But for most people, a film does need to have more. It has to develop, to move forward at a certain minimal pace. Mr Hicks hits the nail on the head when he suggests that this two hour movie has about ten minutes of plot. Everything that happens in the film could have been covered in the opening credits, if they cut the song. Individual scenes seem to go on interminably and they often seem pointless. If this film's plot were driving on the highway to heaven, it would be arrested for failing to reach the minimum speed.

DVD info from Amazon.

  • Commentary by director Robert Altman and producer David Foster

  • Theatrical trailer(s)

  • Behind-the-scenes documentary

  • Widescreen anamorphic format (2.35)

I have talked before about the inherent contradiction in nihilist movies. If a film espouses the philosophy that the world is utterly meaningless, then the film must either be meaningless or  wrong, neither one a good option. Revisionist movies have some of the same liabilities. If a filmmaker is trying to show that the real Old West was a miserable place in which nothing ever happened to break the monotony - well, either he makes a boring, miserable movie, or he disproves his own point. Neither option is very appealing. Altman chooses to stay consistent and make his point. Almost everything you see on screen proves that the Old West was boring, slow, and ugly. Point made, point taken, but not learned pleasantly.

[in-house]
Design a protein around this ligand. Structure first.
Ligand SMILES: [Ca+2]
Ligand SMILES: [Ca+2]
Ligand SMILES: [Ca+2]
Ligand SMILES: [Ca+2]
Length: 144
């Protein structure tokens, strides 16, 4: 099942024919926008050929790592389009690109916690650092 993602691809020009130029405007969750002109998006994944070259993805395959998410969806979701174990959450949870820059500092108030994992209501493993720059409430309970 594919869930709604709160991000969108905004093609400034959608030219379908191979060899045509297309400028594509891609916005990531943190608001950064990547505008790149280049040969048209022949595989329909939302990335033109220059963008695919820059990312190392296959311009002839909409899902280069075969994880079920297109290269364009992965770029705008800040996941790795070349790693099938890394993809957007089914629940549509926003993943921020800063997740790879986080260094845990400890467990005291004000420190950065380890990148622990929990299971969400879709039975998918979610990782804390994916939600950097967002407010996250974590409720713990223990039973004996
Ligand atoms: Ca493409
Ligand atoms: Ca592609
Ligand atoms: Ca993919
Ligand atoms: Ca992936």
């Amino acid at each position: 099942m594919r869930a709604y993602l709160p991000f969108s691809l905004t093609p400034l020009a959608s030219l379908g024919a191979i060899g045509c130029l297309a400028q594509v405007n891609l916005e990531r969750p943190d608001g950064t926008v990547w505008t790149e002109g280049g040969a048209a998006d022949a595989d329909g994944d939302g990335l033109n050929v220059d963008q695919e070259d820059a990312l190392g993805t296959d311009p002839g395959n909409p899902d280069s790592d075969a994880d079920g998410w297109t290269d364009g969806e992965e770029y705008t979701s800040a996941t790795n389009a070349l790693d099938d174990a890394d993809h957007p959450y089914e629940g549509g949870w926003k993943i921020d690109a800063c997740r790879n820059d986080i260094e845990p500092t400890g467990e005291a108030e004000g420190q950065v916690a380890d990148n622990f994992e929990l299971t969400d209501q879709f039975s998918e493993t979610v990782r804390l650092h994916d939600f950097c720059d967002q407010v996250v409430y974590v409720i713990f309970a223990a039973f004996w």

If you want to see an entertaining revisionist western, try Unforgiven.

Note: Roger Ebert considers this a masterpiece, and it is in many ways, so you should therefore read his article (linked below) to achieve a balanced perspective.

The Critics Vote

  • General consensus: three and a half stars. Ebert 4/4 - he calls it a perfect film, 3.5/5

The People Vote ...


IMDb guideline: 7.5 usually indicates a level of excellence, about like three and a half stars from the critics. 6.0 usually indicates lukewarm watchability, about like two and a half stars from the critics. The fives are generally not worthwhile unless they are really your kind of material, about like two stars from the critics. Films under five are generally awful even if you like that kind of film, equivalent to about one and a half stars from the critics or less, depending on just how far below five the rating is.

My own guideline: A means the movie is so good it will appeal to you even if you hate the genre. B means the movie is not good enough to win you over if you hate the genre, but is good enough to do so if you have an open mind about this type of film. C means it will only appeal to genre addicts, and has no crossover appeal. D means you'll hate it even if you like the genre. E means that you'll hate it even if you love the genre. F means that the film is not only unappealing across-the-board, but technically inept as well.

Based on this description, this film is a C+. The first truly great anti-Western, which tried to demythologize the West. It succeeded. It feels true. But it is really boring for about 95% of its running time..